• The proposal to install a bus gate for Leeman Road Tunnel, to limit access to and from the city centre, has been considered, but modelling of traffic flows has shown that it would have too great an impact on the surrounding road network to be proposed as part of the plans at this time.


6. What mitigations are you planning to reduce traffic impact?

  • Traffic signals will be used during rush hour to manage queuing traffic through the new public square, which will be at the heart of the new commercial area and close to the Leeman Road Tunnel on one side and the Post Office at the other end. The traffic signals are designed to minimise queuing at either side of the tunnel. While this will deter some traffic to alternative routes, modelling shows it won’t be significant to impact the wider network in the city, particularly around Lendal Gyratory.
  • A number of pedestrian crossings will be combined with the traffic signals to allow pedestrians to move safely from Marble Arch to the northern footway of Leeman Road, to access Scarborough Bridge and the River Ouse. Improved pedestrian access to the train station, with a new entrance will also provide alternative routes into the city for pedestrians, without having to use Marble Arch.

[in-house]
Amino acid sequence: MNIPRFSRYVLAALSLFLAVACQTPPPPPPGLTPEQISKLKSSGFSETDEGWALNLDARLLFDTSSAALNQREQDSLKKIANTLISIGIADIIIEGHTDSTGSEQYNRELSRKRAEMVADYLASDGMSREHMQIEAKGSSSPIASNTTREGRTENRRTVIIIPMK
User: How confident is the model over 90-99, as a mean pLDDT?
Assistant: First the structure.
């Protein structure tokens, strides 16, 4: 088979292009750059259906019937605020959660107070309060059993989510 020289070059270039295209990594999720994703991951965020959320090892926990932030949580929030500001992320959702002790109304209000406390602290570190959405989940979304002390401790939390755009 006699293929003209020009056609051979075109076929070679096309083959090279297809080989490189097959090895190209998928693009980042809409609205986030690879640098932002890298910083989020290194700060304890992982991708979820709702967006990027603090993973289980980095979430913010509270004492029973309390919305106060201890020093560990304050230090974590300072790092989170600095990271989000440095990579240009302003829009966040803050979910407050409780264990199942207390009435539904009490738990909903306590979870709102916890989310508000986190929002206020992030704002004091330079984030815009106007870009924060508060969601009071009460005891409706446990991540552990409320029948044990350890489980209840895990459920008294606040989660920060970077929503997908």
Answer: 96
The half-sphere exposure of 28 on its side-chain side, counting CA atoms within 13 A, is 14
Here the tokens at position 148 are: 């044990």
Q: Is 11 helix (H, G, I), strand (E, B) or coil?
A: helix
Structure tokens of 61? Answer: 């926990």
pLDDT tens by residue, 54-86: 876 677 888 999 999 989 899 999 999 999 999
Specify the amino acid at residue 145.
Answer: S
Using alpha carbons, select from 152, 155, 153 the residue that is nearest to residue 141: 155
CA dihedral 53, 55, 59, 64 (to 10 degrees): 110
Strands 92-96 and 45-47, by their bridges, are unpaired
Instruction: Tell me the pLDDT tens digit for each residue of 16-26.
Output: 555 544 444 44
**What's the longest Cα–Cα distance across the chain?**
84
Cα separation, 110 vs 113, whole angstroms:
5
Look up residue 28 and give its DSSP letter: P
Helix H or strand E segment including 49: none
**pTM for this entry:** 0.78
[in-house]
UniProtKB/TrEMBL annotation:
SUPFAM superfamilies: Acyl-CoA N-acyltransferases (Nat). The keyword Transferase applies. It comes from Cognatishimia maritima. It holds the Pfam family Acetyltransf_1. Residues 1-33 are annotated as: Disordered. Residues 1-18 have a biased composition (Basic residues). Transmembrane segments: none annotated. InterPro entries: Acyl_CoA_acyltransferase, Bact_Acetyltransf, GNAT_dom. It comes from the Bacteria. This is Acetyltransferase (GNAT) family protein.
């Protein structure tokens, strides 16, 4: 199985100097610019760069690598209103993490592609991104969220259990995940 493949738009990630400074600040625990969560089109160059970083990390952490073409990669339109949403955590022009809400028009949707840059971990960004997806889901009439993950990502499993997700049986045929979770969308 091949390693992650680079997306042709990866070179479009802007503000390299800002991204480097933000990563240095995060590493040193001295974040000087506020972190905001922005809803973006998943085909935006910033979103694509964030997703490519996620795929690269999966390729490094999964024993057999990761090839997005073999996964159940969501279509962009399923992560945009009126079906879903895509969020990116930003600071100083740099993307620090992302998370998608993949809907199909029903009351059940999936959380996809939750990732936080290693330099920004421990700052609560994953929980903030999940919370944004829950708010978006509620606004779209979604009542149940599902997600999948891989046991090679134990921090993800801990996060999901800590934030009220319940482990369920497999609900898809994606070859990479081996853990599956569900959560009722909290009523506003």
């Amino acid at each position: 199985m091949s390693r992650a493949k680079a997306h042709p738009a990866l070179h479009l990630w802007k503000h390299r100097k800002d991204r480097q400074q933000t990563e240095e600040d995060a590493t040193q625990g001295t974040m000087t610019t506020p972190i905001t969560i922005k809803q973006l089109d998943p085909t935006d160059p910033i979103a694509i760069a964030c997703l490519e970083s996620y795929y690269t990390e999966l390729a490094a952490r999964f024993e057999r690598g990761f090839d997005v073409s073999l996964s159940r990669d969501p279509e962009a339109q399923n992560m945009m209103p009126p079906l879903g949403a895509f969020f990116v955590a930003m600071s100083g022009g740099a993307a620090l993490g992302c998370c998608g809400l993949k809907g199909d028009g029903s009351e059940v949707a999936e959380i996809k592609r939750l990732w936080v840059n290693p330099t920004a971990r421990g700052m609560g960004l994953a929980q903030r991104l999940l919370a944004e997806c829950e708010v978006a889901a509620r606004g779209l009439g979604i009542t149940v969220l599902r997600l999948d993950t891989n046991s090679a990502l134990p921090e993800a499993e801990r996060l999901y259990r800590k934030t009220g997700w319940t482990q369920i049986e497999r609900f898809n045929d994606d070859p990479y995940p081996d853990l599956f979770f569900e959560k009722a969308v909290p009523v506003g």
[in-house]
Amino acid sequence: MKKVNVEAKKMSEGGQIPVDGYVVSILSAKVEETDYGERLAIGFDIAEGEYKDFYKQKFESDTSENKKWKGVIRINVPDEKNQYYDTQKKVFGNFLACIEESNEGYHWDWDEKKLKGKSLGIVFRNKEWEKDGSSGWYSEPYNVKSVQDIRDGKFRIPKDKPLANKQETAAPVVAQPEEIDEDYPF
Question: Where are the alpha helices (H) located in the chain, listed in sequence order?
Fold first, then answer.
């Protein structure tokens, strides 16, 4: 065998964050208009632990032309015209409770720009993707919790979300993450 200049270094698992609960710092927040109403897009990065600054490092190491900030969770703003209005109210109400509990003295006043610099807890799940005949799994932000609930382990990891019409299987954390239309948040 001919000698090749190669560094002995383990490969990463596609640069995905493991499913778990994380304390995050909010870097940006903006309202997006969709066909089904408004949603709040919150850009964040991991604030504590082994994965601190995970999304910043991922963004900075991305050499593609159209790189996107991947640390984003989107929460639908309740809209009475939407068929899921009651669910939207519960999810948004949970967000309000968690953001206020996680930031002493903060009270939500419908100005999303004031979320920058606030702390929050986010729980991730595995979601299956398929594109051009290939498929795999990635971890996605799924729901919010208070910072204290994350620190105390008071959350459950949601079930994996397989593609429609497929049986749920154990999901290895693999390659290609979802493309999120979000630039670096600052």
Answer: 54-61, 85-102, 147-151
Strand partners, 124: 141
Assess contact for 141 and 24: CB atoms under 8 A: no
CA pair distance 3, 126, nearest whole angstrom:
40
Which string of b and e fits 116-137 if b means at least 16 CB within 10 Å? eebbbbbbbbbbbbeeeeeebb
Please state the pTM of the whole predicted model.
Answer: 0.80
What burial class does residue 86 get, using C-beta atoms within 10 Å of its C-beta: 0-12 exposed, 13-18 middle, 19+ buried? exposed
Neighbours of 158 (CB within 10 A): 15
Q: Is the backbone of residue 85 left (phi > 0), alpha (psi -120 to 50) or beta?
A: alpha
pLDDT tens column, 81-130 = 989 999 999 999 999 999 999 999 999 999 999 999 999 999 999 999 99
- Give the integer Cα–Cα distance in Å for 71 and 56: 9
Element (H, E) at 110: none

• The plans for York Central are designed to prioritise and encourage walking and cycling as the safest, easiest and quickest ways to travel to and through the site.
  • We are making a number of important changes to improve the walking and cycling routes across and around York Central, which you can read about in our earlier ‘Your questions answered’ piece on pedestrian and cycle access. This primarily focuses on creating a series of new, high-quality segregated routes.
  • The site is well located for connections by rail and bus and the site design and its location will maximise the opportunities for access by public transport to reduce a reliance on individual car use.